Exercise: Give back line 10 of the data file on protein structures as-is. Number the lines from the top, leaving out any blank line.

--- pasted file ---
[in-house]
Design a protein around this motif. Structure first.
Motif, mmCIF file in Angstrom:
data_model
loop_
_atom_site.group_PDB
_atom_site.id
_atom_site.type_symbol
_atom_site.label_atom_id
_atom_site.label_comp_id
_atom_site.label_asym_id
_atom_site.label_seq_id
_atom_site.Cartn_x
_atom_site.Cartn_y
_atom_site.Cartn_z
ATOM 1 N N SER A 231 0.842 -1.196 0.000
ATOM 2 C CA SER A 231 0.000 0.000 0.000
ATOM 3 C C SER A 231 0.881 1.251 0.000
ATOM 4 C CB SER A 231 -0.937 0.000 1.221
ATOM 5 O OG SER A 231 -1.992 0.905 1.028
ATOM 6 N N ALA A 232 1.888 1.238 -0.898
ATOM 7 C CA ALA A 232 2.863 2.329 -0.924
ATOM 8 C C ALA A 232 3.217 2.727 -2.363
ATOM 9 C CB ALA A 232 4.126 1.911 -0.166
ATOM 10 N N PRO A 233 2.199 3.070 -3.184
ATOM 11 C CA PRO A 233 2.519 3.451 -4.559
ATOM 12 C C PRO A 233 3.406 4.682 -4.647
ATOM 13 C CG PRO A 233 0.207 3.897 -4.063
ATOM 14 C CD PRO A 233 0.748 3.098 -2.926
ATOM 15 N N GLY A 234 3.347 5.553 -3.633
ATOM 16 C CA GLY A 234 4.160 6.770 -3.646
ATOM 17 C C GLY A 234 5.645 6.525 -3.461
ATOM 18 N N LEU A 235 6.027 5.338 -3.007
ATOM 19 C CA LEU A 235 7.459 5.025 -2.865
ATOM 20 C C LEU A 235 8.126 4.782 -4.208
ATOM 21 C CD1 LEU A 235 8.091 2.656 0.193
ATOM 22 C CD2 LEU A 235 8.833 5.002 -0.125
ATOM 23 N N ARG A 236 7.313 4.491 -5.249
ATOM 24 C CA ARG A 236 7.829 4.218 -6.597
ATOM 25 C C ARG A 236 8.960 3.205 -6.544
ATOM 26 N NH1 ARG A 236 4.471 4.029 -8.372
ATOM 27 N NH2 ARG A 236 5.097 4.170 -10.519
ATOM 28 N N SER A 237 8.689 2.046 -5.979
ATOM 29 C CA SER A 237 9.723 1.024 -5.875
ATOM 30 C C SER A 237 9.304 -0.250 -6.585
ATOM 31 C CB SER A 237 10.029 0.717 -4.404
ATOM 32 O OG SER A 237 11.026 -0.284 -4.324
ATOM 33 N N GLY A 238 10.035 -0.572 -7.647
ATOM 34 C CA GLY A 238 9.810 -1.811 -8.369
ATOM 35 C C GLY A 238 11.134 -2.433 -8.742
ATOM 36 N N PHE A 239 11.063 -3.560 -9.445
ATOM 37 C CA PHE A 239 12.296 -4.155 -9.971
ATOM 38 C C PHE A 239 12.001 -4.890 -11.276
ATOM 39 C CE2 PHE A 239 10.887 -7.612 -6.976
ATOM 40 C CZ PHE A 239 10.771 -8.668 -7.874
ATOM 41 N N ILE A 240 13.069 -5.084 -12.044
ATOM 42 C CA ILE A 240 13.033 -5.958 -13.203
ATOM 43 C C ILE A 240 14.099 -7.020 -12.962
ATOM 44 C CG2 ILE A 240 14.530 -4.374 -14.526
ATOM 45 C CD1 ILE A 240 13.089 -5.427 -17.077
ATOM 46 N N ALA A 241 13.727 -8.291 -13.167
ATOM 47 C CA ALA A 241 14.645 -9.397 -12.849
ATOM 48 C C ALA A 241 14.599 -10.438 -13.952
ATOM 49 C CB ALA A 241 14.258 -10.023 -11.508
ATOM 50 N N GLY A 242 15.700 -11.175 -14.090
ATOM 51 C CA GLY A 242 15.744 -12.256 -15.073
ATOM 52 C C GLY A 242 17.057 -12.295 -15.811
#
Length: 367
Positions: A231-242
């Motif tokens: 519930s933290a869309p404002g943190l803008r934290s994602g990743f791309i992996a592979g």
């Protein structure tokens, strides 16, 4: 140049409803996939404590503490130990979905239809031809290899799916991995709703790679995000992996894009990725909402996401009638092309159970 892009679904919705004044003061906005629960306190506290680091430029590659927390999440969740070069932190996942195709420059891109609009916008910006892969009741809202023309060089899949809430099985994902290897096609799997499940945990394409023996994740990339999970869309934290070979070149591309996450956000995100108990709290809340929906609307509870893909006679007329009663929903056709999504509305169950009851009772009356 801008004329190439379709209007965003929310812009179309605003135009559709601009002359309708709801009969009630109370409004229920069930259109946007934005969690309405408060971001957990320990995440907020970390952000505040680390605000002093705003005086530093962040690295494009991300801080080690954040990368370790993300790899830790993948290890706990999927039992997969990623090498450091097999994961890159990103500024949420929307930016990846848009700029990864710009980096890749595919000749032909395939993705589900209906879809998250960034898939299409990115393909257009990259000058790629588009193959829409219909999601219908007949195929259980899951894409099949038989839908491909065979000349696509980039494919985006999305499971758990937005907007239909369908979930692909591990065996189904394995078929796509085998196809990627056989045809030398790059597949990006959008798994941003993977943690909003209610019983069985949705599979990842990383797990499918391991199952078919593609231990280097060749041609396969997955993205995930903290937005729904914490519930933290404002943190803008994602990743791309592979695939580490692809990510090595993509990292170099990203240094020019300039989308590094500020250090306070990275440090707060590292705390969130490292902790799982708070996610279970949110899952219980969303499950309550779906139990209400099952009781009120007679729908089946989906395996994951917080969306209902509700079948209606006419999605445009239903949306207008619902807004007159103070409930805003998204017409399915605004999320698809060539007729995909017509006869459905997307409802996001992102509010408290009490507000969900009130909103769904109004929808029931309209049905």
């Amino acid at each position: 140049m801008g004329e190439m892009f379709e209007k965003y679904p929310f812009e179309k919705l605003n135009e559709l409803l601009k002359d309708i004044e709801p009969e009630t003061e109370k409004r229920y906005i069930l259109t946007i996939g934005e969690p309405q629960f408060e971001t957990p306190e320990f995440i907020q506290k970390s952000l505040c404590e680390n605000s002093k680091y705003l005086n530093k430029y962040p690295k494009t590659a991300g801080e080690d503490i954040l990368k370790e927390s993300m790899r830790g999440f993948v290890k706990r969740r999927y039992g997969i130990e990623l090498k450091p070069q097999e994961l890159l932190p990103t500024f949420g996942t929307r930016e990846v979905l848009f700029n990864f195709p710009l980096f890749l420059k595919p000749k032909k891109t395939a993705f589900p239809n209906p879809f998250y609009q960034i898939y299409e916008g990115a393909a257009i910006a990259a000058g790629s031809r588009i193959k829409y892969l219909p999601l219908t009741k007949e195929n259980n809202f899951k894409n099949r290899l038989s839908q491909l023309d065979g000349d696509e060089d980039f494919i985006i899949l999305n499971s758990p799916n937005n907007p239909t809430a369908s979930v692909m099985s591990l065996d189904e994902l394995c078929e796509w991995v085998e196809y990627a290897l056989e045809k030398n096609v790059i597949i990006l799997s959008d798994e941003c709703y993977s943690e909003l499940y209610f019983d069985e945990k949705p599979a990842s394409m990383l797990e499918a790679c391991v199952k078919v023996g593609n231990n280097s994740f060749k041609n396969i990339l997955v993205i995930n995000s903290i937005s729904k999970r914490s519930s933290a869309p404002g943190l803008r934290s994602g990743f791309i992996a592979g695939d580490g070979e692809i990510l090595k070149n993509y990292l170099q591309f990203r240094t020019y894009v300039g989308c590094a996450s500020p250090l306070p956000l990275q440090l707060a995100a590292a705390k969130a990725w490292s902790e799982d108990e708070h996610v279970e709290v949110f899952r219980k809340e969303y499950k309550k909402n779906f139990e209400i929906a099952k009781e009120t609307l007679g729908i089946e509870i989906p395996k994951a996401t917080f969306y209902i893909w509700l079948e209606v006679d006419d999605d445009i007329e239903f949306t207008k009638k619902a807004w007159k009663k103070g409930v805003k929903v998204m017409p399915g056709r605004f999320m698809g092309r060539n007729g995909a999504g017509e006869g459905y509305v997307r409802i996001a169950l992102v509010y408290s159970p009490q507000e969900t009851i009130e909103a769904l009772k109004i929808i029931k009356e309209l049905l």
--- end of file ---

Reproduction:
_atom_site.label_comp_id